Disorder in Quantum Many-Body Systems
Impurities, defects, and other types of imperfections are ubiquitous in realistic quantum many-body systems and essentially unavoidable in solid state materials. Often, such random disorder is viewed purely negatively as it is believed to prevent interesting new quantum states of matter from forming and to smear out sharp features associated with the phase transitions between them. However, disorder is also responsible for a variety of interesting novel phenomena that do not have clean counterparts. These include Anderson localization of single-particle wave functions, many-body localization in isolated many-body systems, exotic quantum critical points, and glassy ground-state phases. This brief review focuses on two separate but related subtopics in this field. First, we review under what conditions different types of randomness affect the stability of symmetry-broken low-temperature phases in quantum many-body systems and the stability of the corresponding phase transitions. Second, we discuss the fate of quantum phase transitions that are destabilized by disorder as well as the unconventional quantum Griffiths phases that emerge in their vicinity.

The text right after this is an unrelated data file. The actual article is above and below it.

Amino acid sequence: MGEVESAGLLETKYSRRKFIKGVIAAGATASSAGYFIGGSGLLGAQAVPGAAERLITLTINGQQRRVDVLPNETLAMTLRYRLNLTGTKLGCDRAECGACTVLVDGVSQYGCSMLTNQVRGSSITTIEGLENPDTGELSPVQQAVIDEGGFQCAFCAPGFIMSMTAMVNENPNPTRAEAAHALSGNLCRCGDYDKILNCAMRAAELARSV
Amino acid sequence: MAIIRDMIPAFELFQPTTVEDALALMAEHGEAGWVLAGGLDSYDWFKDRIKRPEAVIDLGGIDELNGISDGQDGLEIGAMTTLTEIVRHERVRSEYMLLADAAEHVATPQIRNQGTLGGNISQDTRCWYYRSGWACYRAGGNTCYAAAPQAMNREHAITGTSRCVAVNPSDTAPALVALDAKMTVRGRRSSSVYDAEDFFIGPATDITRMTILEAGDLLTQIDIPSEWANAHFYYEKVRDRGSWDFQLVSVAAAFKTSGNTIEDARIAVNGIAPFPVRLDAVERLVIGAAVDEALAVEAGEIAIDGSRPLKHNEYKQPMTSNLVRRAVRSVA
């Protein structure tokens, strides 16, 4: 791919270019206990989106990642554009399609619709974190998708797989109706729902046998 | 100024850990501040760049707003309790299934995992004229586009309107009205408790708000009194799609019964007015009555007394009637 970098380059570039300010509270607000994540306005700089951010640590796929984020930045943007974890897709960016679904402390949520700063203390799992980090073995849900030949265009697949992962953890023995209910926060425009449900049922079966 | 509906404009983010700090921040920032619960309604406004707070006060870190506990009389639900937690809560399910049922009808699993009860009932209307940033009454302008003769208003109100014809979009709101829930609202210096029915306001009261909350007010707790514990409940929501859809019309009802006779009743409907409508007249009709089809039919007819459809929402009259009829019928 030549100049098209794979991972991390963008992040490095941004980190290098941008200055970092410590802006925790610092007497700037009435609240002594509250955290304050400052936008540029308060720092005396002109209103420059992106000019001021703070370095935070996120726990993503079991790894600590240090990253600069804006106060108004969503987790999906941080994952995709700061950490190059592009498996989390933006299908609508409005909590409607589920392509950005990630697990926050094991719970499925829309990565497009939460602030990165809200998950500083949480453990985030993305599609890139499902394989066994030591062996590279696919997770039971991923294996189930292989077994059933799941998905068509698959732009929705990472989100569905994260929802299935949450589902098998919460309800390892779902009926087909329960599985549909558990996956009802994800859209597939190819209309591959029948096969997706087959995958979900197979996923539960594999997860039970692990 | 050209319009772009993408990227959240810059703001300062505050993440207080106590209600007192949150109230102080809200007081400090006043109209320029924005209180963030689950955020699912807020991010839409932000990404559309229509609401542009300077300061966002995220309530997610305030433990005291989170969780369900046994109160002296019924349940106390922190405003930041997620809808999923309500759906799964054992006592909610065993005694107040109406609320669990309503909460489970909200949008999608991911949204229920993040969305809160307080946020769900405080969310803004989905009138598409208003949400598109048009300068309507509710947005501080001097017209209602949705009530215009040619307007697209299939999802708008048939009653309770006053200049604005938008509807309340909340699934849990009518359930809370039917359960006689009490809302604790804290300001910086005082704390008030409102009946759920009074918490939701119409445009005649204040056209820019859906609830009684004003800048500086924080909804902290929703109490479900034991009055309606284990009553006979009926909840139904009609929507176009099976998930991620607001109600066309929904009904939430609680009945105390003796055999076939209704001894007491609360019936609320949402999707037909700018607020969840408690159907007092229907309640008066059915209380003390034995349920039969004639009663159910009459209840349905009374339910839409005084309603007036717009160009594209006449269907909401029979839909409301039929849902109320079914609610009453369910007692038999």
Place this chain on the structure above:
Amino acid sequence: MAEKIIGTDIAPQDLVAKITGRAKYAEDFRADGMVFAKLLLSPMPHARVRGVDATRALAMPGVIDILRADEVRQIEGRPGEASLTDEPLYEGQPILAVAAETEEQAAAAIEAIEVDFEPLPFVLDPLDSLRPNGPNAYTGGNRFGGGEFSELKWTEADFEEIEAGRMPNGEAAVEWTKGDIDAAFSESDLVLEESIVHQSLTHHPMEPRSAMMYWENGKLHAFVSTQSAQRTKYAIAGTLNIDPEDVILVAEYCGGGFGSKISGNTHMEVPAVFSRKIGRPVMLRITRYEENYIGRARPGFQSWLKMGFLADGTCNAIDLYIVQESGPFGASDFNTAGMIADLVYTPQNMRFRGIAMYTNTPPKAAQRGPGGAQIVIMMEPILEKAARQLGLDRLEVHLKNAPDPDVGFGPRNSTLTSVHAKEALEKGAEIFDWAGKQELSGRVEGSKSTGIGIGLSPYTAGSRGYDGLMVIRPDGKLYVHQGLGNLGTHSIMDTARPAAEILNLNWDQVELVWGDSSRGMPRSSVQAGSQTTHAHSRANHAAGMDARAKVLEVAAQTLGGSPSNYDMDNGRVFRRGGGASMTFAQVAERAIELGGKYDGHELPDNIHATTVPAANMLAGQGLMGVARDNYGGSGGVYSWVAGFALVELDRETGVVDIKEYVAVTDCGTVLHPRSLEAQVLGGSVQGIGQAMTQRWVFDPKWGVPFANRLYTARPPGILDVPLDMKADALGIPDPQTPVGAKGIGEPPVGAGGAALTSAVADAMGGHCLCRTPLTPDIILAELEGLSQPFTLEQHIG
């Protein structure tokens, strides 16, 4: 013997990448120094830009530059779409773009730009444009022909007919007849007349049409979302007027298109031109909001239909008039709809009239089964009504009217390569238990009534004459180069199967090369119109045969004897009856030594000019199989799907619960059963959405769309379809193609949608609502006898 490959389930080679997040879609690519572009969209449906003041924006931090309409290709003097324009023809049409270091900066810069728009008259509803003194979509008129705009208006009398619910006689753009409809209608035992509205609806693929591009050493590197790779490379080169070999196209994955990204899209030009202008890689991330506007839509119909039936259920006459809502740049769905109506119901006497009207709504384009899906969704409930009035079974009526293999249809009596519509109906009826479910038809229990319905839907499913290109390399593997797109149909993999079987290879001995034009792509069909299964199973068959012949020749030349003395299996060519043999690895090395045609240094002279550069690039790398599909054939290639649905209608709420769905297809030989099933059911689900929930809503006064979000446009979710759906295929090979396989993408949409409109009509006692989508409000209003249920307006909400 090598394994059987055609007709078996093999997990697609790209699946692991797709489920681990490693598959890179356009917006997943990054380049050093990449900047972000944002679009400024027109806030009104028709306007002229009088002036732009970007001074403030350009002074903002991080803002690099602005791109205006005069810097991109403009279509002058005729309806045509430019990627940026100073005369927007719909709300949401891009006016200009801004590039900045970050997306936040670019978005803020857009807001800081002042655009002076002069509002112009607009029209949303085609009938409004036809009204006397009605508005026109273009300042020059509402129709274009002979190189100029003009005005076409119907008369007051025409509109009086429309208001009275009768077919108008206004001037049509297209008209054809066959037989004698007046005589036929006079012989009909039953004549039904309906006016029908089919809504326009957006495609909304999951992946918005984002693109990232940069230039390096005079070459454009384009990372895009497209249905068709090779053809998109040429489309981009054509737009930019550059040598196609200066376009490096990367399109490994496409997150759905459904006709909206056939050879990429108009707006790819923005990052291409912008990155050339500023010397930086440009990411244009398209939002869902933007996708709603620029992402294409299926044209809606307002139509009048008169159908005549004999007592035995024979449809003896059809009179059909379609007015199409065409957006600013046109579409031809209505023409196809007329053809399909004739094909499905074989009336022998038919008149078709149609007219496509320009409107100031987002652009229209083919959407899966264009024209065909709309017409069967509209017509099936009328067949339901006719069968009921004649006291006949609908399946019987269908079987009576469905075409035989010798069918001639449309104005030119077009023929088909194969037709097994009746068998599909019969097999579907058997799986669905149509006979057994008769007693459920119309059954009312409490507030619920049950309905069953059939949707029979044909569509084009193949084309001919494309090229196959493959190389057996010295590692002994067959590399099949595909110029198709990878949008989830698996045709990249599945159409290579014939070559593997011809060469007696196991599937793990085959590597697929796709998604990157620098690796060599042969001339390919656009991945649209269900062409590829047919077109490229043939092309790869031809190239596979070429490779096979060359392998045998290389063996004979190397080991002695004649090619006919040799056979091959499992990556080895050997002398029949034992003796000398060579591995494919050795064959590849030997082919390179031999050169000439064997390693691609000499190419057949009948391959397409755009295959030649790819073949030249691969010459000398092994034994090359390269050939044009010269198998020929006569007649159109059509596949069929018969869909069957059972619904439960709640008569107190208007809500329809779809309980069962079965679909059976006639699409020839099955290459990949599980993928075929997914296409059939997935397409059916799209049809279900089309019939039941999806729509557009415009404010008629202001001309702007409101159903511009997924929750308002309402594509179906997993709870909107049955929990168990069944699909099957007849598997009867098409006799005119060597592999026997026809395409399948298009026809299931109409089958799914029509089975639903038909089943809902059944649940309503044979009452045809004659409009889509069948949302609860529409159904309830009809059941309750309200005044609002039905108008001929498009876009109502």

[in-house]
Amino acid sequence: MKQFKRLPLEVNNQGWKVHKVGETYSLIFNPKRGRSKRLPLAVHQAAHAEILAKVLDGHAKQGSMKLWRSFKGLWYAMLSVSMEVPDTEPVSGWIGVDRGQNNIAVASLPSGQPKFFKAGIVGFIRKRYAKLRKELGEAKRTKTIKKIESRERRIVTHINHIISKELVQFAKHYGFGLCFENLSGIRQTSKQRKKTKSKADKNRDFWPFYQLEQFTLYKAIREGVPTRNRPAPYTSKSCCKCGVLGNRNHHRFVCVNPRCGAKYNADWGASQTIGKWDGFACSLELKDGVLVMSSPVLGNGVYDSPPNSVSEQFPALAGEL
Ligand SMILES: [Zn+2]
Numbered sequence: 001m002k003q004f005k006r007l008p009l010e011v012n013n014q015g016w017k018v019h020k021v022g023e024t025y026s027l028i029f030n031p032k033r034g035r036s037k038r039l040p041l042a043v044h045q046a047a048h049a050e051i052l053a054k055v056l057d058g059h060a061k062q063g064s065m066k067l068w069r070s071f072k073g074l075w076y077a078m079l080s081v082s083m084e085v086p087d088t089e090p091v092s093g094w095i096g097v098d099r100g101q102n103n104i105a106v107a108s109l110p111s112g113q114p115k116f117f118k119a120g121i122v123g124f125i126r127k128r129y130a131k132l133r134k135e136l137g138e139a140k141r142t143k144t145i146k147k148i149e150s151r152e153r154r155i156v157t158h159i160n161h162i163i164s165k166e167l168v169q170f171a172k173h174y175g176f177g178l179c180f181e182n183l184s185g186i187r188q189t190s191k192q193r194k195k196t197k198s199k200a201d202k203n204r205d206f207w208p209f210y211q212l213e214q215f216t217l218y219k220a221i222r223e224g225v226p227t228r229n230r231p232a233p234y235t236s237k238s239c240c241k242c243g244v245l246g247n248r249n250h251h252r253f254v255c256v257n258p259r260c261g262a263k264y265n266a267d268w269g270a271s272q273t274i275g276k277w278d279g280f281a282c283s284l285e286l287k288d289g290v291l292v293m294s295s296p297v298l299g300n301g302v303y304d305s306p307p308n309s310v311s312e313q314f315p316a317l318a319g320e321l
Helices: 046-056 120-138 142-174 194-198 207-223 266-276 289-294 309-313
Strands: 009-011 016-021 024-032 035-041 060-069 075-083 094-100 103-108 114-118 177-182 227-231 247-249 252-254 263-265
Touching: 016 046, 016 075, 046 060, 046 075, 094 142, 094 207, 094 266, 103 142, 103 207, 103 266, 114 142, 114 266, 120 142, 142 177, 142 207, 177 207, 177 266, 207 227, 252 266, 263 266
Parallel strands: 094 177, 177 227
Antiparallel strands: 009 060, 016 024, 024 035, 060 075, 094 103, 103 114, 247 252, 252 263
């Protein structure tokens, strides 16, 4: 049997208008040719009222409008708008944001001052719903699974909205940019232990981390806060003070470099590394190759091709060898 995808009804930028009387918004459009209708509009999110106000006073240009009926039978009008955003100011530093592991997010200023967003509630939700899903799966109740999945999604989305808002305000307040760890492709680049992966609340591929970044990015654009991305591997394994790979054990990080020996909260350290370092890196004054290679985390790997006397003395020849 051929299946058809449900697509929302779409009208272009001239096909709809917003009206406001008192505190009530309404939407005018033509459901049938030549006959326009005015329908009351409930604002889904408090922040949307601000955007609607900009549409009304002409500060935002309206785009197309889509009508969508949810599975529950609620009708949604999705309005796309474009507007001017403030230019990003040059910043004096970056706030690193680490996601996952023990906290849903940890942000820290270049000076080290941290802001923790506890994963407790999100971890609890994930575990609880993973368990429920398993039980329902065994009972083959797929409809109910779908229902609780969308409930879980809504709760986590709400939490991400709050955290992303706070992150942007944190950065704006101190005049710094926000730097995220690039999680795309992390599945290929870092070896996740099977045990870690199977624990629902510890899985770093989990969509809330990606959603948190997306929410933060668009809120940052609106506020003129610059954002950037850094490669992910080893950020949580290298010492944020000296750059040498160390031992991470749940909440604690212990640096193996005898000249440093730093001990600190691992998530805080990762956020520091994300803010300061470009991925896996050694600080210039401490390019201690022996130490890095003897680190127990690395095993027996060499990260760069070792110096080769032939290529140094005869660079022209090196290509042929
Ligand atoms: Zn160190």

T. Vojta, "Disorder in Quantum Many-Body Systems," Annual Review of Condensed Matter Physics, vol. 10, no. 1, pp. 233-252, Annual Reviews Inc., Mar 2019.
The definitive version is available at https://doi.org/10.1146/annurev-conmatphys-031218-013433
National Science Foundation (U.S.)
Keywords and Phrases
Disorder; Griffiths phases; Griffiths singularities; Quantum phase transitions; Randomness; Rare regions; Symmetry breaking
International Standard Serial Number (ISSN)
Article - Journal
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01 Mar 2019